Cover Story

Speaking frankly

"Speaking frankly" Continued...

Issue: "Daniel of the Year 2002," Dec. 7, 2002

If Franklin Graham is unafraid to say the hard things, maybe it's because he's seen the hard things firsthand. He was barely a teenager the first time he visited a Muslim country, and a few years later he dropped out of college for one semester to help build a tuberculosis clinic for Bedouin tribesmen in Jordan. Since then, he's been around the world with Samaritan's Purse, the humanitarian organization he headed up even before he took up his father's evangelistic cause. He estimates he's made 70 visits to the Muslim world, from Saudi Arabia to Indonesia. And everywhere he goes, the lessons are the same.

"My opinions and my views are shaped by years of working and seeing Islam up close," he says. "There is no religious freedom. I have seen the persecution. It is taught by them, it is in their Koran. They cannot deny it."

Statements like that earn scathing condemnation from big-tent religionists, who accuse Mr. Graham of being a "bigot" and "hater." But such labels stick awkwardly to a man who spends most of his time delivering humanitarian aid rather than sermons. Through Samaritan's Purse Mr. Graham raises roughly $150 million a year to bring physical relief to devastated people--many of them in the Muslim world. He's built hospitals in Sudan, schools in Afghanistan, and children's playgrounds in the Balkans. Everywhere he travels, he brings both good news and goodies.

In Mendoza's squalid Three Stars barrio, for instance, 75 children gathered in a flimsy church on the final afternoon of Mr. Graham's three-day "Festival of Hope." Normally these children would dig through the garbage dump across the street for castoff clothes or broken toys, but on this day they will have a taste of an American-style Christmas. In neat rows, two-by-two, they sit squirming on the church's concrete floor, holding brightly wrapped shoeboxes in their laps. When every child has a box, they count in unison, "uno, dos, tres," and tear into their treasures.

Every item pulled from a box elicits a squeal of delight--then, often, a puzzled inspection. A miniature Etch-A-Sketch and a wind-up toy car are forms of entertainment these children have never experienced. One little boy, perhaps 3 years old, focuses exclusively on the one item from his box that he knows how to use: a blue rubber ball. He tosses it several times until he misses a catch and the ball goes rolling across the hard floor. He chases it in a panic until it comes to a stop against another child's wheelchair. After such a close call, he refuses to toss the ball again, grasping it tightly to his chest while other children swirl around him with prized gifts of their own.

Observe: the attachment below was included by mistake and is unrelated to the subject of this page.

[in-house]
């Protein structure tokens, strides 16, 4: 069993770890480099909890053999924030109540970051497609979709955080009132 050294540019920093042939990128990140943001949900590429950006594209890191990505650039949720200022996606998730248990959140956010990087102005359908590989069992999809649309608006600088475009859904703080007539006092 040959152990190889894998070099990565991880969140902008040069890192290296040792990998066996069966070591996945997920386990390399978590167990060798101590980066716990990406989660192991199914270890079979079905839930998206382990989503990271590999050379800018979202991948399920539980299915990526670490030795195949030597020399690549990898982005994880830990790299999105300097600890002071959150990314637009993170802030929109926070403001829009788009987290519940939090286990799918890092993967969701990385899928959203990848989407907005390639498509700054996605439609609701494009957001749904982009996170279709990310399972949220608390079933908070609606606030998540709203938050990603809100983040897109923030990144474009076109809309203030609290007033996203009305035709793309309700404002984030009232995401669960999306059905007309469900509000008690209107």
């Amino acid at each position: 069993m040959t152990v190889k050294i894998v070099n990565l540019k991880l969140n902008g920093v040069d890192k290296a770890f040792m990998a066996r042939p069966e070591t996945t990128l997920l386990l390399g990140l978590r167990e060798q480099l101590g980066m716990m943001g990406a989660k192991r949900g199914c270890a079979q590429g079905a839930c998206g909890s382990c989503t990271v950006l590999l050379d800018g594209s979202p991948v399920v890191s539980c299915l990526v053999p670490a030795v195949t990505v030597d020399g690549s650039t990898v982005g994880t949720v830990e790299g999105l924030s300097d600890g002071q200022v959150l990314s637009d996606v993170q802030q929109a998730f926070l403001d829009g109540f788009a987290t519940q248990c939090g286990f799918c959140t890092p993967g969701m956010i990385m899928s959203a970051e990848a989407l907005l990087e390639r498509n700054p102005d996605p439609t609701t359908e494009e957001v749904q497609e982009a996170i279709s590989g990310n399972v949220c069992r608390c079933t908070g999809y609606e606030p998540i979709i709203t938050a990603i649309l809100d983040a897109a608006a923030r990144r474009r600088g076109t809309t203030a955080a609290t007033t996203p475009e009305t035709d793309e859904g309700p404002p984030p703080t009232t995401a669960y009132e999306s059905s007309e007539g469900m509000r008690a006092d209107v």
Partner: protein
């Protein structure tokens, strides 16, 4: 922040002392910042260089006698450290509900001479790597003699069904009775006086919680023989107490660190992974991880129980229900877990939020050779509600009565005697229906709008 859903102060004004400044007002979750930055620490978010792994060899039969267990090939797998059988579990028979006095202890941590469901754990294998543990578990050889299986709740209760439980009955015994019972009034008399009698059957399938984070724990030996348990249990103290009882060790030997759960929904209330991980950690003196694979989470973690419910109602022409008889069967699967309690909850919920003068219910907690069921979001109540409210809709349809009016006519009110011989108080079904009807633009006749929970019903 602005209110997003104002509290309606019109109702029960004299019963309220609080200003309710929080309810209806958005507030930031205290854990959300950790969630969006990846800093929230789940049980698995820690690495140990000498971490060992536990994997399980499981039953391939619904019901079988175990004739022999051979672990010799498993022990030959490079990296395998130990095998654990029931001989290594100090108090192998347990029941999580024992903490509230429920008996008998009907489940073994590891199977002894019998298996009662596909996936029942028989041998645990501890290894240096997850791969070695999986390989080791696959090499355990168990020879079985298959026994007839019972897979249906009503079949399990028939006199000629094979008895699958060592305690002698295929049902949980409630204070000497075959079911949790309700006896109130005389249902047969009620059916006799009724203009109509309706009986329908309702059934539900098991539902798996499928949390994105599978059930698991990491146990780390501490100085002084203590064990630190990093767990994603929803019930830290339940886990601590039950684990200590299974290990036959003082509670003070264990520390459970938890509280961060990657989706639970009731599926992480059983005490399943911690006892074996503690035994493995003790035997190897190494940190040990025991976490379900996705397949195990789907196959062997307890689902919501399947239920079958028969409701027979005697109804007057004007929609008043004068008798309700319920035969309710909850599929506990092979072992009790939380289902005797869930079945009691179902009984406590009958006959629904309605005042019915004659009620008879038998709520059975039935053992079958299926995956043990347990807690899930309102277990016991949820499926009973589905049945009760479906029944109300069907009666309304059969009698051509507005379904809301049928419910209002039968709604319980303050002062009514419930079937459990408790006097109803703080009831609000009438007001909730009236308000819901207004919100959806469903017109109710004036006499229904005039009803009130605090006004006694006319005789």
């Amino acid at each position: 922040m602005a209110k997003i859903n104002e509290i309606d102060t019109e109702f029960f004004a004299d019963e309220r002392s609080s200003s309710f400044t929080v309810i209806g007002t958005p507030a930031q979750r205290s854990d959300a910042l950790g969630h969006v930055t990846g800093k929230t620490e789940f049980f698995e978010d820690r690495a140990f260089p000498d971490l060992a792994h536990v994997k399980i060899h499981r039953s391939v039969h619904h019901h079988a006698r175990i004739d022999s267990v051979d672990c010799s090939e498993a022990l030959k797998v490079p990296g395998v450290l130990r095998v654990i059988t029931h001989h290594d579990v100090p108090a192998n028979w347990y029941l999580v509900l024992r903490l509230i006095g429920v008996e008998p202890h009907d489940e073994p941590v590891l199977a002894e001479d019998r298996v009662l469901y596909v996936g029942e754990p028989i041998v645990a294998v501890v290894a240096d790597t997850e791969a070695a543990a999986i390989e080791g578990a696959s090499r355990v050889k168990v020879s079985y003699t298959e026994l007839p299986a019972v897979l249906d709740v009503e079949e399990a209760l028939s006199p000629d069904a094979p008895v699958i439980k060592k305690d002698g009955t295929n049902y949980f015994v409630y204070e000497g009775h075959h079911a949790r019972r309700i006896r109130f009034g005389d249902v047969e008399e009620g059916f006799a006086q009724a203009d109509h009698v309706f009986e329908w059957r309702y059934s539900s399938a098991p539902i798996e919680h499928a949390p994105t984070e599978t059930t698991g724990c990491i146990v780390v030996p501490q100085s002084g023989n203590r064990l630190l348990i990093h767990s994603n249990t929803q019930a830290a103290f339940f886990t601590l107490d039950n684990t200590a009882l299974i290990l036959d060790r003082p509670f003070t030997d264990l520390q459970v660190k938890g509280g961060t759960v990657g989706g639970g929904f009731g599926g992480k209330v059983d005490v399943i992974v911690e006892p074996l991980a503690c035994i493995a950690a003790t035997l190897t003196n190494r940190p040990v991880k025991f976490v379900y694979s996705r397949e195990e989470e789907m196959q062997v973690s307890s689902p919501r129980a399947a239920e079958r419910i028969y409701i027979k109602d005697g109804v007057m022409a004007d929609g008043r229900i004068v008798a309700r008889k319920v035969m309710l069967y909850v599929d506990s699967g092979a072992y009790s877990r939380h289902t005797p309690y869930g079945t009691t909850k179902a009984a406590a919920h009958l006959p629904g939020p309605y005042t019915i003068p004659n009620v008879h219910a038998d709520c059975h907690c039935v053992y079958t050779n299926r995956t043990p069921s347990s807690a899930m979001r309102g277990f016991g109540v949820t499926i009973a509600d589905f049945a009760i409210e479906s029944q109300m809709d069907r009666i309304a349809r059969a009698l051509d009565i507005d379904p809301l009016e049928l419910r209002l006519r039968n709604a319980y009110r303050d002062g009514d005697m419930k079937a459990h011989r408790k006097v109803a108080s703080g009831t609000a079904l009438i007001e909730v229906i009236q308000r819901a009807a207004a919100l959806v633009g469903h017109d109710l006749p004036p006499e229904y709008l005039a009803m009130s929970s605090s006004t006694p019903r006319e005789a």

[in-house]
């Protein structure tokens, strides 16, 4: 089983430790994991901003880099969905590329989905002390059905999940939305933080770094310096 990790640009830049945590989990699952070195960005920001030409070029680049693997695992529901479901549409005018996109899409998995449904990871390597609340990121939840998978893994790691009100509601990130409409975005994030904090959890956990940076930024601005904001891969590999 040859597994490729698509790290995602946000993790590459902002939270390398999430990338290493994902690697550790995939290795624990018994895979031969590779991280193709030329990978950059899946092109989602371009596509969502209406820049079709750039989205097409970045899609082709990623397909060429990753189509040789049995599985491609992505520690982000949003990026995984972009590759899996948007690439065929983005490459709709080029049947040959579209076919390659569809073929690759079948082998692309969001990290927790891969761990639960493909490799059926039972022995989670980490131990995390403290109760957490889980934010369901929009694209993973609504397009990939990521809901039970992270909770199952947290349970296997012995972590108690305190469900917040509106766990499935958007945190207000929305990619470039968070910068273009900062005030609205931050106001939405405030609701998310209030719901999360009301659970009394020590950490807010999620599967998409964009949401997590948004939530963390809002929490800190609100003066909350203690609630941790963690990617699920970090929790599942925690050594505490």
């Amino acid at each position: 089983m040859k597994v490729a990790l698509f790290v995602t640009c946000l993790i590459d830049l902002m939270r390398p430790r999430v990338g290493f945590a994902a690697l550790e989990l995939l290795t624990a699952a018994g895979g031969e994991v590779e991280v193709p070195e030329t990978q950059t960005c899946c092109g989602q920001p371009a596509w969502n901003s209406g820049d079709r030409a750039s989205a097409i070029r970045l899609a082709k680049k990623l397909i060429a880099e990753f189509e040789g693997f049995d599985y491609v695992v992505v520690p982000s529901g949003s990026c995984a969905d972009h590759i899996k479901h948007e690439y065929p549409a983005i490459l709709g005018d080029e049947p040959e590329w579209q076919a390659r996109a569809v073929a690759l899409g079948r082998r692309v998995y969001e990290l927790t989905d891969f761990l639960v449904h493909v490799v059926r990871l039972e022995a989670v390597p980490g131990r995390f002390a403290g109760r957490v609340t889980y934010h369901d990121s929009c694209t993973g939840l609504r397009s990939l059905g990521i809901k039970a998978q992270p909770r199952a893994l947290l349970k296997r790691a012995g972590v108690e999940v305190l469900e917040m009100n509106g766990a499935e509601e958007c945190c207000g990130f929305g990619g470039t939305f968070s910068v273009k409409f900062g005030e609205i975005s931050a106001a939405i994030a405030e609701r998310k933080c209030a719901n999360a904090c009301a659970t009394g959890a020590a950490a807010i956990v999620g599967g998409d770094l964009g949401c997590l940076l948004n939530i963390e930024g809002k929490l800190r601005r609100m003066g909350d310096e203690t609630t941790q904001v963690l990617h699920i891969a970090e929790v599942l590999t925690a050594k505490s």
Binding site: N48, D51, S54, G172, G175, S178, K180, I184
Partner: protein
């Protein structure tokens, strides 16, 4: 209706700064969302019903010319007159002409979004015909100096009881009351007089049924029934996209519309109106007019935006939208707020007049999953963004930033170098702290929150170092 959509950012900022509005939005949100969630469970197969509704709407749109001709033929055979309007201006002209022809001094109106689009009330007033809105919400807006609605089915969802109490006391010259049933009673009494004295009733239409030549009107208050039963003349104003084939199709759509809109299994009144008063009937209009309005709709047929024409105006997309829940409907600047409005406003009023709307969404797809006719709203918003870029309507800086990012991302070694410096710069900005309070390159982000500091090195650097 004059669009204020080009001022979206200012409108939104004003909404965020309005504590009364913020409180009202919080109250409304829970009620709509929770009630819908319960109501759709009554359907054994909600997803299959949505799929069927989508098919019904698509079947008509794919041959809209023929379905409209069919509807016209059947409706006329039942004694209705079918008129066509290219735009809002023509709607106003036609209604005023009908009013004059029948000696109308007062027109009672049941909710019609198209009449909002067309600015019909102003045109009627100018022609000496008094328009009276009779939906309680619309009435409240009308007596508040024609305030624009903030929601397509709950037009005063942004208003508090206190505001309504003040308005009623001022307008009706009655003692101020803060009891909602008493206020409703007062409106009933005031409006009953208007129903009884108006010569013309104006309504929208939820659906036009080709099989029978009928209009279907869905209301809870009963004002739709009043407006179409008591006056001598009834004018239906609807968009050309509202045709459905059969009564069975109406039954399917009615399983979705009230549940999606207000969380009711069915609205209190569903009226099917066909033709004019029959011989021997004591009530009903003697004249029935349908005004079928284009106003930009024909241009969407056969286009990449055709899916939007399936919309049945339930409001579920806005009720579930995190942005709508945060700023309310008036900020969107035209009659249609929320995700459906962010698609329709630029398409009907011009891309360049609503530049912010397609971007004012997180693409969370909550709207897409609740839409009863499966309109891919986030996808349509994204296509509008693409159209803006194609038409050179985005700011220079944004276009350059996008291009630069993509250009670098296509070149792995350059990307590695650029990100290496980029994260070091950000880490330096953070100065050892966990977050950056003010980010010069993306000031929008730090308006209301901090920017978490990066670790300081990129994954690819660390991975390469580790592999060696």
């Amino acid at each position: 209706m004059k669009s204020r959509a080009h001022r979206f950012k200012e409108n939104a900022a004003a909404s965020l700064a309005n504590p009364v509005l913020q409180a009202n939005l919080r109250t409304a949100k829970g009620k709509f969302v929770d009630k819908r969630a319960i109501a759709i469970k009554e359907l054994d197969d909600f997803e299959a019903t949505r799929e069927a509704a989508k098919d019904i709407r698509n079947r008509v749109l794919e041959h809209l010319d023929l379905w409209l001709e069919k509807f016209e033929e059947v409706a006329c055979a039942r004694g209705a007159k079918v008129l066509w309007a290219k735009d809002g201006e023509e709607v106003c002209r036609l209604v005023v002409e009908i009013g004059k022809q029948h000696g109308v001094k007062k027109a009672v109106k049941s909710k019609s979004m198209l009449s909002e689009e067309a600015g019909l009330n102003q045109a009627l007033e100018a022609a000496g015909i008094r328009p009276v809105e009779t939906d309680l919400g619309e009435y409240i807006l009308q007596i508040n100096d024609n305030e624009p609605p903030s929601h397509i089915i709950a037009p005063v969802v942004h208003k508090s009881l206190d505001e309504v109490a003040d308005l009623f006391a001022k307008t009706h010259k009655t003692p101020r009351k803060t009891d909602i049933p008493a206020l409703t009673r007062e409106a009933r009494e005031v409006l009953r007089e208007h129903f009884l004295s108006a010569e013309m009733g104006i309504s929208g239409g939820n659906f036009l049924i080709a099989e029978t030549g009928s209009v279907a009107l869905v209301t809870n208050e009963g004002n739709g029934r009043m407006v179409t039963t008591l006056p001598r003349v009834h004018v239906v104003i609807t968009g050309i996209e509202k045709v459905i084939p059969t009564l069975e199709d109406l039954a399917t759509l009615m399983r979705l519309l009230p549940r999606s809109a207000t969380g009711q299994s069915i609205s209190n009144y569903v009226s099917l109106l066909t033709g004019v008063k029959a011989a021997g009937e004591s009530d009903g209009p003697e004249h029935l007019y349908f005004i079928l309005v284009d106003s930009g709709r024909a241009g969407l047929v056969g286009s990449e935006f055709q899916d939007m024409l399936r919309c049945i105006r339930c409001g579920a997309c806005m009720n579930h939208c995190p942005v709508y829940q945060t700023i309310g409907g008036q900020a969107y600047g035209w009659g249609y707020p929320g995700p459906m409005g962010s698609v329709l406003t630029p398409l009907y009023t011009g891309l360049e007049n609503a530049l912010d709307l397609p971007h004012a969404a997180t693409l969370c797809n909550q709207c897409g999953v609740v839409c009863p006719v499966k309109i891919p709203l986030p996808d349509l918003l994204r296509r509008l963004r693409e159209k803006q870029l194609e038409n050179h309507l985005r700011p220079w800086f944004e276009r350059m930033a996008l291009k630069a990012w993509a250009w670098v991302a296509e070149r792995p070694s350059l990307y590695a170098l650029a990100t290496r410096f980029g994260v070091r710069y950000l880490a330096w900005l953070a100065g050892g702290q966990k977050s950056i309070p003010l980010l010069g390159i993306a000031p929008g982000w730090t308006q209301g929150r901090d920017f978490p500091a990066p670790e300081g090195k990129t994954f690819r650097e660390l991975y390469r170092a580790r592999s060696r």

This scene is repeated, with variations in language and skin pigment, each time Mr. Franklin's team rolls into a new city. Operation Christmas Child, as the effort is known, operates independently of the revival festivals, as well. This year, some 6 million children in 100-plus countries around the world will receive Christmas shoeboxes packed by their American counterparts.

Recently, Mr. Graham was invited to distribute his Christmas gifts in war-torn Sudan, where Muslims in the north are trying to wipe out Christianity in the south. A hospital built by Samaritan's Purse has been repeatedly bombed by northern forces, so Mr. Graham was surprised to get a call from the Sudanese ambassador, asking him on behalf of the country's Muslim president to bring thousands of gift boxes and to take part in the peace process.

The evangelist replied that he would love to go, but he first wanted the ambassador to relay a message to the president: "Would you please ask him to stop bombing my hospital?" Mr. Graham asked testily. He went on to lecture the ambassador about targeting innocent civilians and disrupting UN food distribution efforts, then concluded: "And please give my warmest and special greetings to the president."

It was the sort of confrontation that could easily get him dis-invited from the Sudan summit, but high-level elbow-rubbing doesn't much appeal to Mr. Graham, anyway. "I have never sought to win favor or friendship with people in high places," he says. "I've never once thought, 'I'm going to withhold the truth because if I speak the truth then maybe I won't get invited to the next cocktail party.' I don't drink, so I don't care. Some people live for that, but it doesn't matter to me. If God opens up doors in life, you just walk through them and try to be faithful to Him."


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